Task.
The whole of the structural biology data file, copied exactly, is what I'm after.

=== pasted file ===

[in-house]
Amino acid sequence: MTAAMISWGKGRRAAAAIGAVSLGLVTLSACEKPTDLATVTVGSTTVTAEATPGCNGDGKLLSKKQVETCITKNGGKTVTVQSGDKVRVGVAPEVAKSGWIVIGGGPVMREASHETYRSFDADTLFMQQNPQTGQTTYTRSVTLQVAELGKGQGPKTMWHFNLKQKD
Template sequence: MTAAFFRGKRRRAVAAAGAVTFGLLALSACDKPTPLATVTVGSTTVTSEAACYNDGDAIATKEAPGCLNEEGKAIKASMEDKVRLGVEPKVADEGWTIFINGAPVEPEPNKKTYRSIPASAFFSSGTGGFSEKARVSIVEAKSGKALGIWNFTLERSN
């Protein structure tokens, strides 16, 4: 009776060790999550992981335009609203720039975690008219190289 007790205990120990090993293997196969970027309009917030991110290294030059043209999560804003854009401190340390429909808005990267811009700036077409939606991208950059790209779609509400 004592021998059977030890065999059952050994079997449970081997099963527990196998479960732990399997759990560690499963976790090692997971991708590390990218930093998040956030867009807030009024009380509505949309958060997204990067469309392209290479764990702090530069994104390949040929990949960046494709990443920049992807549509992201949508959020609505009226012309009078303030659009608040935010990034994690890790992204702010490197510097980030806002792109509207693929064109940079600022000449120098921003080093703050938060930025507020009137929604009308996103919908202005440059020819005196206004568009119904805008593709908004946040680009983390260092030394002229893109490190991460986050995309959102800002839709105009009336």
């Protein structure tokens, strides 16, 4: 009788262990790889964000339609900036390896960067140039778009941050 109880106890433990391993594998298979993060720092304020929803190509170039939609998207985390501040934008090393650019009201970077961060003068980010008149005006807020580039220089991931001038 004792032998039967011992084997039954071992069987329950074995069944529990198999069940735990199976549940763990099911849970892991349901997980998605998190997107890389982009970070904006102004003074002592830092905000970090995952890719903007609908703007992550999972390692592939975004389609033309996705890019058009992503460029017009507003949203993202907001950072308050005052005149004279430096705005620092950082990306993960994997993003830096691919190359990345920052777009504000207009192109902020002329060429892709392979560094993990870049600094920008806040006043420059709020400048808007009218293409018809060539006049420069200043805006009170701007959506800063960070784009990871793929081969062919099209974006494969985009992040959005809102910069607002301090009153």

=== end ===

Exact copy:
[in-house]
Amino acid sequence: MTAAMISWGKGRRAAAAIGAVSLGLVTLSACEKPTDLATVTVGSTTVTAEATPGCNGDGKLLSKKQVETCITKNGGKTVTVQSGDKVRVGVAPEVAKSGWIVIGGGPVMREASHETYRSFDADTLFMQQNPQTGQTTYTRSVTLQVAELGKGQGPKTMWHFNLKQKD
Template sequence: MTAAFFRGKRRRAVAAAGAVTFGLLALSACDKPTPLATVTVGSTTVTSEAACYNDGDAIATKEAPGCLNEEGKAIKASMEDKVRLGVEPKVADEGWTIFINGAPVEPEPNKKTYRSIPASAFFSSGTGGFSEKARVSIVEAKSGKALGIWNFTLERSN
């Protein structure tokens, strides 16, 4: 009776060790999550992981335009609203720039975690008219190289 007790205990120990090993293997196969970027309009917030991110290294030059043209999560804003854009401190340390429909808005990267811009700036077409939606991208950059790209779609509400 004592021998059977030890065999059952050994079997449970081997099963527990196998479960732990399997759990560690499963976790090692997971991708590390990218930093998040956030867009807030009024009380509505949309958060997204990067469309392209290479764990702090530069994104390949040929990949960046494709990443920049992807549509992201949508959020609505009226012309009078303030659009608040935010990034994690890790992204702010490197510097980030806002792109509207693929064109940079600022000449120098921003080093703050938060930025507020009137929604009308996103919908202005440059020819005196206004568009119904805008593709908004946040680009983390260092030394002229893109490190991460986050995309959102800002839709105009009336």
């Protein structure tokens, strides 16, 4: 009788262990790889964000339609900036390896960067140039778009941050 109880106890433990391993594998298979993060720092304020929803190509170039939609998207985390501040934008090393650019009201970077961060003068980010008149005006807020580039220089991931001038 004792032998039967011992084997039954071992069987329950074995069944529990198999069940735990199976549940763990099911849970892991349901997980998605998190997107890389982009970070904006102004003074002592830092905000970090995952890719903007609908703007992550999972390692592939975004389609033309996705890019058009992503460029017009507003949203993202907001950072308050005052005149004279430096705005620092950082990306993960994997993003830096691919190359990345920052777009504000207009192109902020002329060429892709392979560094993990870049600094920008806040006043420059709020400048808007009218293409018809060539006049420069200043805006009170701007959506800063960070784009990871793929081969062919099209974006494969985009992040959005809102910069607002301090009153």